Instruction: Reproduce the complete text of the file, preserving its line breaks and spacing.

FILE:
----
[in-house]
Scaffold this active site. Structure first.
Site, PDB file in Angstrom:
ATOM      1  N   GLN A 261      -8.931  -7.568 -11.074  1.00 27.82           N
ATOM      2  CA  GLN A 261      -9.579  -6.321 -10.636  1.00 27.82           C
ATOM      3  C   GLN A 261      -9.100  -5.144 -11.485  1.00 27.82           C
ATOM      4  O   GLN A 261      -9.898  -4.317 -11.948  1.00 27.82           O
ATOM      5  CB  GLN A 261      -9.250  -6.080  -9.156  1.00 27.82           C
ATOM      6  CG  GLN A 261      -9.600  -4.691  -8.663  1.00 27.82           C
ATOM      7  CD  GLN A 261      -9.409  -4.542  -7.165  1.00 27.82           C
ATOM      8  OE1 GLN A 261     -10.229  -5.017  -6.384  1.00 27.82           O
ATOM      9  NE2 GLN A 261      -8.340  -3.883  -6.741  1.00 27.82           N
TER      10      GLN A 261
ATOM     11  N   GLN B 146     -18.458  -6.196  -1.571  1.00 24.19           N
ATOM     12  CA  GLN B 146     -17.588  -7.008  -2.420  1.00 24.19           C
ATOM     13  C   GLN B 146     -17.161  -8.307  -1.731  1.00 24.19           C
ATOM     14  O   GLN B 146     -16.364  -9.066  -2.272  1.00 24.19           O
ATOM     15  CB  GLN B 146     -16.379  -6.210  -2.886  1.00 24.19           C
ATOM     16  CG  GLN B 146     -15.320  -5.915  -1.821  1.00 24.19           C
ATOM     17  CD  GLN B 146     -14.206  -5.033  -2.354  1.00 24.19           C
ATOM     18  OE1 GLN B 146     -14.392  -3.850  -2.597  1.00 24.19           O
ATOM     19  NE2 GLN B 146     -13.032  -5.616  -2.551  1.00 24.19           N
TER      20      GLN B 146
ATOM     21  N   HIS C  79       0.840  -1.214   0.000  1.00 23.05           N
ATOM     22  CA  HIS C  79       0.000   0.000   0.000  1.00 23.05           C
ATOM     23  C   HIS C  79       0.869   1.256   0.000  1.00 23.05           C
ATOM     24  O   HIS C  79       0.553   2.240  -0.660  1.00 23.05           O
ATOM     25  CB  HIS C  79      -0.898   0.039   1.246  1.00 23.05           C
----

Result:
[in-house]
Scaffold this active site. Structure first.
Site, PDB file in Angstrom:
ATOM      1  N   GLN A 261      -8.931  -7.568 -11.074  1.00 27.82           N
ATOM      2  CA  GLN A 261      -9.579  -6.321 -10.636  1.00 27.82           C
ATOM      3  C   GLN A 261      -9.100  -5.144 -11.485  1.00 27.82           C
ATOM      4  O   GLN A 261      -9.898  -4.317 -11.948  1.00 27.82           O
ATOM      5  CB  GLN A 261      -9.250  -6.080  -9.156  1.00 27.82           C
ATOM      6  CG  GLN A 261      -9.600  -4.691  -8.663  1.00 27.82           C
ATOM      7  CD  GLN A 261      -9.409  -4.542  -7.165  1.00 27.82           C
ATOM      8  OE1 GLN A 261     -10.229  -5.017  -6.384  1.00 27.82           O
ATOM      9  NE2 GLN A 261      -8.340  -3.883  -6.741  1.00 27.82           N
TER      10      GLN A 261
ATOM     11  N   GLN B 146     -18.458  -6.196  -1.571  1.00 24.19           N
ATOM     12  CA  GLN B 146     -17.588  -7.008  -2.420  1.00 24.19           C
ATOM     13  C   GLN B 146     -17.161  -8.307  -1.731  1.00 24.19           C
ATOM     14  O   GLN B 146     -16.364  -9.066  -2.272  1.00 24.19           O
ATOM     15  CB  GLN B 146     -16.379  -6.210  -2.886  1.00 24.19           C
ATOM     16  CG  GLN B 146     -15.320  -5.915  -1.821  1.00 24.19           C
ATOM     17  CD  GLN B 146     -14.206  -5.033  -2.354  1.00 24.19           C
ATOM     18  OE1 GLN B 146     -14.392  -3.850  -2.597  1.00 24.19           O
ATOM     19  NE2 GLN B 146     -13.032  -5.616  -2.551  1.00 24.19           N
TER      20      GLN B 146
ATOM     21  N   HIS C  79       0.840  -1.214   0.000  1.00 23.05           N
ATOM     22  CA  HIS C  79       0.000   0.000   0.000  1.00 23.05           C
ATOM     23  C   HIS C  79       0.869   1.256   0.000  1.00 23.05           C
ATOM     24  O   HIS C  79       0.553   2.240  -0.660  1.00 23.05           O
ATOM     25  CB  HIS C  79      -0.898   0.039   1.246  1.00 23.05           C